Adapted from One More Customer by Fran Tarkenton and Scott Miller
I believe the very best place to get an education in how to run a successful small business is inside a small business—working for one or running one. In a small business, if you’re in accounting, you can probably see the marketing person across the room. If you’re in sales, you probably run into the shop or factory manager at the coffee machine every morning. They’re not in another building, another division, or another country, like they might be in big business. In the accounting department of a huge corporation, on the other hand, you could tee up a ball and whack a 325-yard drive and never hit anyone but an accountant.
In a small business you have an enormous educational opportunity—if you use it. When most people start a new business, they’ll think, “I need an accountant, a distribution manager, a sales person, and someone to run manufacturing and development.”
But the best small businesses are run by people who think, “I need to learn accounting, distribution, sales, and manufacturing and development.”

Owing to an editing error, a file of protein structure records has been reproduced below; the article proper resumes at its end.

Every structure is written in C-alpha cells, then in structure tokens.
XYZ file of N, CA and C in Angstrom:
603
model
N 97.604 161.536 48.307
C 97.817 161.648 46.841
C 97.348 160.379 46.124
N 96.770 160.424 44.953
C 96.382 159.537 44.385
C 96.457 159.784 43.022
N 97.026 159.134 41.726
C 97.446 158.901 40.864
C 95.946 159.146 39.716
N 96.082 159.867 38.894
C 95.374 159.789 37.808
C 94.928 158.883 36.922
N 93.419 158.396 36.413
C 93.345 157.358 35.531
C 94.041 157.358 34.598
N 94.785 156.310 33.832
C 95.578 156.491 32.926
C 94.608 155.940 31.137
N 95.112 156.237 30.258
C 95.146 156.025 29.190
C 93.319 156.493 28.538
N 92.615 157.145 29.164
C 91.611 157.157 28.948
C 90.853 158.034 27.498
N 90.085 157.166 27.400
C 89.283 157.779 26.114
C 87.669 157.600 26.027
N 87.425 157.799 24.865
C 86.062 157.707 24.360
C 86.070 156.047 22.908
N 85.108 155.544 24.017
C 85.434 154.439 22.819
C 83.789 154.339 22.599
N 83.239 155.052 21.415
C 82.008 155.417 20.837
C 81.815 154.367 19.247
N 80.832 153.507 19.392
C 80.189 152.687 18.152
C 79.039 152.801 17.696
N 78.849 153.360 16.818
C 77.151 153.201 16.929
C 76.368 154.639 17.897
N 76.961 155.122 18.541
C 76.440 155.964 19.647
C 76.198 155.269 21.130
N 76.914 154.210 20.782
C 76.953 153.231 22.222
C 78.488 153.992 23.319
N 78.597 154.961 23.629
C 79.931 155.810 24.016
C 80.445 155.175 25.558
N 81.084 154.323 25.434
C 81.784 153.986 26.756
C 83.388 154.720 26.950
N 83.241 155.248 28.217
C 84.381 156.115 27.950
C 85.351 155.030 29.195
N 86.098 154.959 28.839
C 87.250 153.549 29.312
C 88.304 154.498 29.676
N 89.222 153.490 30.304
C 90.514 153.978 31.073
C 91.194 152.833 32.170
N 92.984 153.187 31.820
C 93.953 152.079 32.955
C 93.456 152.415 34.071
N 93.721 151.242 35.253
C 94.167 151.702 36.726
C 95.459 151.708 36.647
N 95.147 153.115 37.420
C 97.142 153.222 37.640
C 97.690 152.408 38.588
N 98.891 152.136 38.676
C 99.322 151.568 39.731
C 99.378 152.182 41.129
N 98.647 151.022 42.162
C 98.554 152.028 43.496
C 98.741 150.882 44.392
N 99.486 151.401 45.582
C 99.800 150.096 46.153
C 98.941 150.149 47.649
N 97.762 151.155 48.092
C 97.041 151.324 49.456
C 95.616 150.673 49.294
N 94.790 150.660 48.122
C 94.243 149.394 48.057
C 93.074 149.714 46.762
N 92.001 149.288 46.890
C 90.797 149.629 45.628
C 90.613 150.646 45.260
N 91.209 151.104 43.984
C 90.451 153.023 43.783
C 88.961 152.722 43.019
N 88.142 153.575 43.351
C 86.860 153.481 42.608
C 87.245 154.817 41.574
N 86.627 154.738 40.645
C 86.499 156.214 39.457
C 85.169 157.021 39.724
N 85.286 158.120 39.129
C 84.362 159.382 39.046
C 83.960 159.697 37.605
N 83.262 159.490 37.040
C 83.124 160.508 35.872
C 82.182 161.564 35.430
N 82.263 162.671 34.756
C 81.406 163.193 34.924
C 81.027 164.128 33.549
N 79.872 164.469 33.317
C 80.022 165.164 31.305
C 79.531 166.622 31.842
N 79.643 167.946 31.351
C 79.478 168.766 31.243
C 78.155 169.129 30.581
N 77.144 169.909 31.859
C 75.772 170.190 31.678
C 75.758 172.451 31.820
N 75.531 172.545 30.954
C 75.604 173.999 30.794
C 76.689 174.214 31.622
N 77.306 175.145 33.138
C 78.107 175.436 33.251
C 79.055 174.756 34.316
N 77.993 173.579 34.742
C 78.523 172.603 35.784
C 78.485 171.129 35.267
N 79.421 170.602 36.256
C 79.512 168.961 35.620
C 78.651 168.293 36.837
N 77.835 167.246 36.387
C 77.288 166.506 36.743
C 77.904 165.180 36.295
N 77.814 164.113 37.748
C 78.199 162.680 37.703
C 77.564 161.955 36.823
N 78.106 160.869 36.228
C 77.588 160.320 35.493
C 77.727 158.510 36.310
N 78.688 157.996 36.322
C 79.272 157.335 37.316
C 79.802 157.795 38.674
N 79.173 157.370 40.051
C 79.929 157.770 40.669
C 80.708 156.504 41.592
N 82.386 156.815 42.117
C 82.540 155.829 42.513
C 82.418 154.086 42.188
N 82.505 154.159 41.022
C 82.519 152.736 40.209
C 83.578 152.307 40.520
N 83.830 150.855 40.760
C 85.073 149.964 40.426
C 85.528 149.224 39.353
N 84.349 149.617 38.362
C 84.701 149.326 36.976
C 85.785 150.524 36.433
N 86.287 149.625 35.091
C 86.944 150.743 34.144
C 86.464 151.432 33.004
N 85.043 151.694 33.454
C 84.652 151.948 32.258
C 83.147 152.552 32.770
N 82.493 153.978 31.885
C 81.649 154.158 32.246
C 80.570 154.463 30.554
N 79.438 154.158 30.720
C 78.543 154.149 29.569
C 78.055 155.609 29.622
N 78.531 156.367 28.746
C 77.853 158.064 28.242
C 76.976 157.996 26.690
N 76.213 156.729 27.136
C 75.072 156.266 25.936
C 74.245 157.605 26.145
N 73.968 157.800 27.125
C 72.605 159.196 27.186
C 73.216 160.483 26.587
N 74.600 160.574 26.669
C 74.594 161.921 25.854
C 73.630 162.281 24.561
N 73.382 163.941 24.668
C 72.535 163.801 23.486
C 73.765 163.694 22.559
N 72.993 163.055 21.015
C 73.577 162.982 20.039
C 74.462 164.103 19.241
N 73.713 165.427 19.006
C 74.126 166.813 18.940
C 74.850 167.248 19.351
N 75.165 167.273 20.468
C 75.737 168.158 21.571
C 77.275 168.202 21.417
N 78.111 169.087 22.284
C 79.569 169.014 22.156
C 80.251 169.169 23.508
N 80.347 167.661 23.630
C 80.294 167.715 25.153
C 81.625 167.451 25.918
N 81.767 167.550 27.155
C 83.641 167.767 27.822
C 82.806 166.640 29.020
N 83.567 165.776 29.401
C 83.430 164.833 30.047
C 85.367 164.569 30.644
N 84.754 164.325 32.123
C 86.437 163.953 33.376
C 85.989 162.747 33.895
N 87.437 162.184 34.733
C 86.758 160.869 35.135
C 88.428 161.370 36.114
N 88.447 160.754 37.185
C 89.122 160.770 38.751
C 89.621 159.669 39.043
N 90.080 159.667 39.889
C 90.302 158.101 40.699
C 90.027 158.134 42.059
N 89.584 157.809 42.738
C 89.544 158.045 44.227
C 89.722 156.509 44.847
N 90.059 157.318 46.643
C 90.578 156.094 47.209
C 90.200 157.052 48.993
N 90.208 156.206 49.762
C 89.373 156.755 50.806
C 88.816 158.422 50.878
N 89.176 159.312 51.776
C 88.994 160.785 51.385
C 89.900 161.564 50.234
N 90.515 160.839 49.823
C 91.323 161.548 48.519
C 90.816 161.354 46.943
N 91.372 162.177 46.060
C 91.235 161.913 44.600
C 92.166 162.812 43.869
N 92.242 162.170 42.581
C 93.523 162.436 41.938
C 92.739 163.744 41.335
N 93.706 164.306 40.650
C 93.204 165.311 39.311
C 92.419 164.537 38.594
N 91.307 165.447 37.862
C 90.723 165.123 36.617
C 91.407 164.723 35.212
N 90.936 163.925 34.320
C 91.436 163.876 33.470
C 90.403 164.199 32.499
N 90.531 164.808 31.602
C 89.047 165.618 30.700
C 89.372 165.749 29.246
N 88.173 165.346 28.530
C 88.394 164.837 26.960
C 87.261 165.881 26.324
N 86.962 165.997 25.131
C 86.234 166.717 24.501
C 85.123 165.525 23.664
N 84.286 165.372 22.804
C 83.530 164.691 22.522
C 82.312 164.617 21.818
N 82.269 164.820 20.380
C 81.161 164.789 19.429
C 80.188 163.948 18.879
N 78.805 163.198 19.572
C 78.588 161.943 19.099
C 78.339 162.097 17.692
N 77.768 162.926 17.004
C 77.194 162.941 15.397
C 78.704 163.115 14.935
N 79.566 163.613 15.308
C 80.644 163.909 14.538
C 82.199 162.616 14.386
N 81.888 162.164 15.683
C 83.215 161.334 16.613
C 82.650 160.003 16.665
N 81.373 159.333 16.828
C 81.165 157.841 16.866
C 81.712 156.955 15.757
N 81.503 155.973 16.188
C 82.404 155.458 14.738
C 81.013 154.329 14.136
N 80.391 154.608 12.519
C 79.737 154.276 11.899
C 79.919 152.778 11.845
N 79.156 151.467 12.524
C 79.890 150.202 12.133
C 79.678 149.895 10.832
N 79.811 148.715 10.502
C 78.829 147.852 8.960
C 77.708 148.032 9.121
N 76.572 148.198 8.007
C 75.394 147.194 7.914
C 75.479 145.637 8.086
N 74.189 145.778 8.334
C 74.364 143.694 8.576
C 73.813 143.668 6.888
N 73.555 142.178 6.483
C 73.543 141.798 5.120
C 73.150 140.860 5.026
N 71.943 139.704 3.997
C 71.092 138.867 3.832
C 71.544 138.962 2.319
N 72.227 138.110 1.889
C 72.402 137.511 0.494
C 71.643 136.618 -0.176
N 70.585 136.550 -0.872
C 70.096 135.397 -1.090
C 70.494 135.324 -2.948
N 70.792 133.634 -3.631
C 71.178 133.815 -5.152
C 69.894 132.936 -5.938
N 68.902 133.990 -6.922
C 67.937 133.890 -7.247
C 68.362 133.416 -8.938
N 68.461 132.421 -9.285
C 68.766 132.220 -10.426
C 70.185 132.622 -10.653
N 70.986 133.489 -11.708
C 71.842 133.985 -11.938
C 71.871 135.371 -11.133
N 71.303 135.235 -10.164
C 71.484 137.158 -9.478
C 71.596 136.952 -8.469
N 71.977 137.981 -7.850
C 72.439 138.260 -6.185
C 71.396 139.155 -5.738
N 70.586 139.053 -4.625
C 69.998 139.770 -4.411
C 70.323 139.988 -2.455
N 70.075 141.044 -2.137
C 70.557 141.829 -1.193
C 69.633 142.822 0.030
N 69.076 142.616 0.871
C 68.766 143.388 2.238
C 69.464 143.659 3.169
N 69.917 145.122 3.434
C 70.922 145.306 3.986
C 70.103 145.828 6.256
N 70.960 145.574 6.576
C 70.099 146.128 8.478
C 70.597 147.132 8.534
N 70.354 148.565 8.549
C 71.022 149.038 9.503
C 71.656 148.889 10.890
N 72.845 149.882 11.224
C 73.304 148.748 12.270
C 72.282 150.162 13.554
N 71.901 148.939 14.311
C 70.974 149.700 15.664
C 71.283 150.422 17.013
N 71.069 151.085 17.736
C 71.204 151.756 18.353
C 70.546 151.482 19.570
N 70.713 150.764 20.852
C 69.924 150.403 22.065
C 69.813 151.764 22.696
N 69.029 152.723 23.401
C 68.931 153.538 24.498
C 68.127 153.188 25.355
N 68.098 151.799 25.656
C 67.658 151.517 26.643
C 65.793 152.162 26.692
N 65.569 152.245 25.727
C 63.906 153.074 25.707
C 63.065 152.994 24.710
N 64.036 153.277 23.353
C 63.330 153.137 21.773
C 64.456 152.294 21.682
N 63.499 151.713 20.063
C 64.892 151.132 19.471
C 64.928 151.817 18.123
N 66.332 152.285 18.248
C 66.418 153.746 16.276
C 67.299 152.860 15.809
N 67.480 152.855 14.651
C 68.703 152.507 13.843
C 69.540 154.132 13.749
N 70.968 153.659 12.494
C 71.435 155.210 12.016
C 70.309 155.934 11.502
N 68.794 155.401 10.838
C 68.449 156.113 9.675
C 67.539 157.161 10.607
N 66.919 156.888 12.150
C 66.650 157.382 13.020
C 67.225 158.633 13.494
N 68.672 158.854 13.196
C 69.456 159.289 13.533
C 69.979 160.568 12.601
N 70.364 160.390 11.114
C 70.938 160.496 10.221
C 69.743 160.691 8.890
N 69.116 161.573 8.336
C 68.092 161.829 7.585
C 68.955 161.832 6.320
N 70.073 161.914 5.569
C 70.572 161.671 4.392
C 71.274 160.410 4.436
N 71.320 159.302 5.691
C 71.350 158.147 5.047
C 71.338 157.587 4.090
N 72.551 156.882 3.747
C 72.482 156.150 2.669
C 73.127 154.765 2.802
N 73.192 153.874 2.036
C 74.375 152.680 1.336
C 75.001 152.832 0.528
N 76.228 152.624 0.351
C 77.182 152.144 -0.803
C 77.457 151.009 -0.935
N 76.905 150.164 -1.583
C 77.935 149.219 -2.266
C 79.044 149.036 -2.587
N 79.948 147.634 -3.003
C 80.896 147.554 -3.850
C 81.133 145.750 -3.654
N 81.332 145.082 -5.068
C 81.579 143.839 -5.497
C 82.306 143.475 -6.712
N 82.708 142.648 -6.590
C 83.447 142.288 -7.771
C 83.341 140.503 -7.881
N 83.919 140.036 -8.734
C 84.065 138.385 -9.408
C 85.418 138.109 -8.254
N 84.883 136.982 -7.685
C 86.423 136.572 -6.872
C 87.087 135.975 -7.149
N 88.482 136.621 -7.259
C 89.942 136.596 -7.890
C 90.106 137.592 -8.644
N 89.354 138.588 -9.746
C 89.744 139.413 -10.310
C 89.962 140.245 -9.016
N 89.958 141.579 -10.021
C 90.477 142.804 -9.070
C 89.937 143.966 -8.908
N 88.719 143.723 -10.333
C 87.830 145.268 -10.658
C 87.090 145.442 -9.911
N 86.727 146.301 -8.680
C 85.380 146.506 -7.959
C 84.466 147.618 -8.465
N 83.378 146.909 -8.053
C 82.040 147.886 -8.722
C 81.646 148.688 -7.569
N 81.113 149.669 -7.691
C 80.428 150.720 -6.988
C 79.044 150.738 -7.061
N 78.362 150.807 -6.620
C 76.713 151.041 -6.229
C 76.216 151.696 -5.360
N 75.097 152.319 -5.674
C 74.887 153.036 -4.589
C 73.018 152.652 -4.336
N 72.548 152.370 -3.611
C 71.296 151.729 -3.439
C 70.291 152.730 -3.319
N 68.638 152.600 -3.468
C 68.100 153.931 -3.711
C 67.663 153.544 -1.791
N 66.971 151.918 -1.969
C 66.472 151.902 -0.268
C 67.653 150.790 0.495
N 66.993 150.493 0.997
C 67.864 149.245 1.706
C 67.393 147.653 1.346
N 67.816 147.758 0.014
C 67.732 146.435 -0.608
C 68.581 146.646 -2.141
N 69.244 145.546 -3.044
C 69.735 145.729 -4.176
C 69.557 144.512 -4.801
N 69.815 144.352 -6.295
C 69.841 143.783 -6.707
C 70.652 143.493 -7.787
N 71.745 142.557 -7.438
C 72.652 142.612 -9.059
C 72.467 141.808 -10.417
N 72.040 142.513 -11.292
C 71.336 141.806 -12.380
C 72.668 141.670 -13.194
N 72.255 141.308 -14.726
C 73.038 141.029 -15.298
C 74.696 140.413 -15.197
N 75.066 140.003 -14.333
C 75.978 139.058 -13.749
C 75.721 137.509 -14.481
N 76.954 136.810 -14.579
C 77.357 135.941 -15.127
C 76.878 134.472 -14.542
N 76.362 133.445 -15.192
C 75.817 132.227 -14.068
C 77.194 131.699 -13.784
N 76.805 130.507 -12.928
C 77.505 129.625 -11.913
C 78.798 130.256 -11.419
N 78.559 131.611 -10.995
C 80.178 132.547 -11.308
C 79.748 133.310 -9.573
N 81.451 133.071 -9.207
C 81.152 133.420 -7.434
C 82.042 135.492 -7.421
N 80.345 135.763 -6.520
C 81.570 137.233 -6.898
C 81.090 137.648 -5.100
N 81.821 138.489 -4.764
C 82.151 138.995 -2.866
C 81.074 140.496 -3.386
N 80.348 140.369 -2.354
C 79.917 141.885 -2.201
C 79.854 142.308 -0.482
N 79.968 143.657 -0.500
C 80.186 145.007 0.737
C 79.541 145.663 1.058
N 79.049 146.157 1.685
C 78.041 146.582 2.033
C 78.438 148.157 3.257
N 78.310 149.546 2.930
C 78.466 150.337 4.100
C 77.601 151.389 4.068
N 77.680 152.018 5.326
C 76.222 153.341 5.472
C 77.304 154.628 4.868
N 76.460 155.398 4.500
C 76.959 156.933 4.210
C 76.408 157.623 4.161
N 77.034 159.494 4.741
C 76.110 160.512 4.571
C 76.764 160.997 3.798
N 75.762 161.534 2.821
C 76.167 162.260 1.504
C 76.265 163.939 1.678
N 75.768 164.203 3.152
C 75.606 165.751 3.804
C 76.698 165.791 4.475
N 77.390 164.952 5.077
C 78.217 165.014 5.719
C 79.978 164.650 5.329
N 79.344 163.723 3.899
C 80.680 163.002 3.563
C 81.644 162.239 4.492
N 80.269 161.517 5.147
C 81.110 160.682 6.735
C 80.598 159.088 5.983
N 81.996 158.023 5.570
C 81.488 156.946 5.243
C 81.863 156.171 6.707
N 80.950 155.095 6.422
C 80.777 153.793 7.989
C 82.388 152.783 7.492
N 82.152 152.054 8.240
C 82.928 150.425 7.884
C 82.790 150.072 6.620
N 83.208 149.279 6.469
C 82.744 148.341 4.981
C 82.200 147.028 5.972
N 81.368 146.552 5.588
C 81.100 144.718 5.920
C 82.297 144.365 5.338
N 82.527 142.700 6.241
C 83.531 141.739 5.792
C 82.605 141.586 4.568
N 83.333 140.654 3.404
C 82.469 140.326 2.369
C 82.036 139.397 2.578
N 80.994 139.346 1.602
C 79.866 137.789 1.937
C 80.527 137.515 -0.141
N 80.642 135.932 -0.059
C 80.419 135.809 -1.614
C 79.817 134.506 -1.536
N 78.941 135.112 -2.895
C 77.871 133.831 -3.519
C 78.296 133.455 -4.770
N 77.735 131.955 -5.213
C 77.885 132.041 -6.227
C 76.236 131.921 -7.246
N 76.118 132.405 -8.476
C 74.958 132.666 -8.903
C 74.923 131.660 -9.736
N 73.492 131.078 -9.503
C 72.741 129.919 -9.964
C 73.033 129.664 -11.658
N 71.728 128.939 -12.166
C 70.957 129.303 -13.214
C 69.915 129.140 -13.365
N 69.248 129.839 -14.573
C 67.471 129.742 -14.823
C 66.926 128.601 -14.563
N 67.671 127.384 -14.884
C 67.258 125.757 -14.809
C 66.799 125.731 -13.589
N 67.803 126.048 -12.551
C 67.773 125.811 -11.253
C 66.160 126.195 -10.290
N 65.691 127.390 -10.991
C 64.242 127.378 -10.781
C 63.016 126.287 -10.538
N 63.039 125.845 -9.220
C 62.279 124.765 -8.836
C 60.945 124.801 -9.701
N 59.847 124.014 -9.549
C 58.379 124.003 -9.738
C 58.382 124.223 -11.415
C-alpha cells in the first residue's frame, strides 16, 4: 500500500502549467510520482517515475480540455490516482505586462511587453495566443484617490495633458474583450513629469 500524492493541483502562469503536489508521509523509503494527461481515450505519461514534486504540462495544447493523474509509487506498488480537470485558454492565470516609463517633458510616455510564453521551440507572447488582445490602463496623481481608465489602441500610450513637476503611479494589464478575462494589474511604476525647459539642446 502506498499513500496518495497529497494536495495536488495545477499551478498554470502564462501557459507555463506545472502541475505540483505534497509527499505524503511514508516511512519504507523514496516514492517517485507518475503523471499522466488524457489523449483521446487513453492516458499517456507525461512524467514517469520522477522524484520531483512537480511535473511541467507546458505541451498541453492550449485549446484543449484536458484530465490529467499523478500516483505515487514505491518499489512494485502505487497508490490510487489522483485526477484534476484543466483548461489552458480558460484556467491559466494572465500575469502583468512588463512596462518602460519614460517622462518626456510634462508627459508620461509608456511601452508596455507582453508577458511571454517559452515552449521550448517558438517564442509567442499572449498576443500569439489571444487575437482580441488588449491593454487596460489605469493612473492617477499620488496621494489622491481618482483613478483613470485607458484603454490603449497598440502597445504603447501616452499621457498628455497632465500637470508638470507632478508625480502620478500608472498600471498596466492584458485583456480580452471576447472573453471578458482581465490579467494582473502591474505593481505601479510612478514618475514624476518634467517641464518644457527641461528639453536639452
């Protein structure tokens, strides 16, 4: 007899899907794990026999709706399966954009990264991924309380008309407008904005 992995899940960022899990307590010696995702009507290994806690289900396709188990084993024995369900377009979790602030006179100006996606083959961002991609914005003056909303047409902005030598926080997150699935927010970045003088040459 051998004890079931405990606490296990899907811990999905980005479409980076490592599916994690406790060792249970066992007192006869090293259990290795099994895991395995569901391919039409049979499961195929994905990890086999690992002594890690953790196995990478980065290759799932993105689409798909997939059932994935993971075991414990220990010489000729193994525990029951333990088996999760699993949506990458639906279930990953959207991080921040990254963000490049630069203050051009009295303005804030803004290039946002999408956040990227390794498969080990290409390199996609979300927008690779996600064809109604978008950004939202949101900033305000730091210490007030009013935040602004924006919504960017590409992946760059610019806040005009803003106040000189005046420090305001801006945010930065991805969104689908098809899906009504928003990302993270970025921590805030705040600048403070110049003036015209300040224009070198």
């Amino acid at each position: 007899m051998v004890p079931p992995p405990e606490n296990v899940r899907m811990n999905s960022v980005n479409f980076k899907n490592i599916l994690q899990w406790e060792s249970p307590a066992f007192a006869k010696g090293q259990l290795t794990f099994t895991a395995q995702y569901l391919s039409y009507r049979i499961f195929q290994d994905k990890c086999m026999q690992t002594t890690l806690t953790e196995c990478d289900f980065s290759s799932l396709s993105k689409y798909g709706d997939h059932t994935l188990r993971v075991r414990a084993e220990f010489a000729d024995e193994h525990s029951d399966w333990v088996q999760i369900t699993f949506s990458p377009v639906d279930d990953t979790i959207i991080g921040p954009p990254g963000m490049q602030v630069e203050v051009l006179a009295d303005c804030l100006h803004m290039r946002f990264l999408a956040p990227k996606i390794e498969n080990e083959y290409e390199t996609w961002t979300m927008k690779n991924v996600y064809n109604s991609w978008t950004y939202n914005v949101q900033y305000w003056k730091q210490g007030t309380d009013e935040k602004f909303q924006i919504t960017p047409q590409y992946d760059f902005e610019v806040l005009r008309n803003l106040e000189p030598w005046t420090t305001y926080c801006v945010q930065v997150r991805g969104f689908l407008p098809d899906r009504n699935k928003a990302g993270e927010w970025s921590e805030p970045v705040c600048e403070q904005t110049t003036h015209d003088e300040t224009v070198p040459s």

In big businesses, we hear that the best training ground for successful managers might be McKinsey (the big management consultancy), GE, or PepsiCo. But I still believe that a small business provides the very best all-around training ground in every discipline of business. Getting one of those disciplines wrong in a small business is a fatal mistake, while managers in big companies seem to be able to survive huge snafus. Look at it this way: very few big businesses have been able to create successful small businesses. But every big business began at some point as a small business. Learning by doing is a wonderful—and essential—thing for becoming a successful small business person.
As you grow your business, it’s very likely you’ll decide to hire a professional accountant or book keeper, a distribution or sales professional, and experienced help in manufacturing and development. In the meantime, learn it.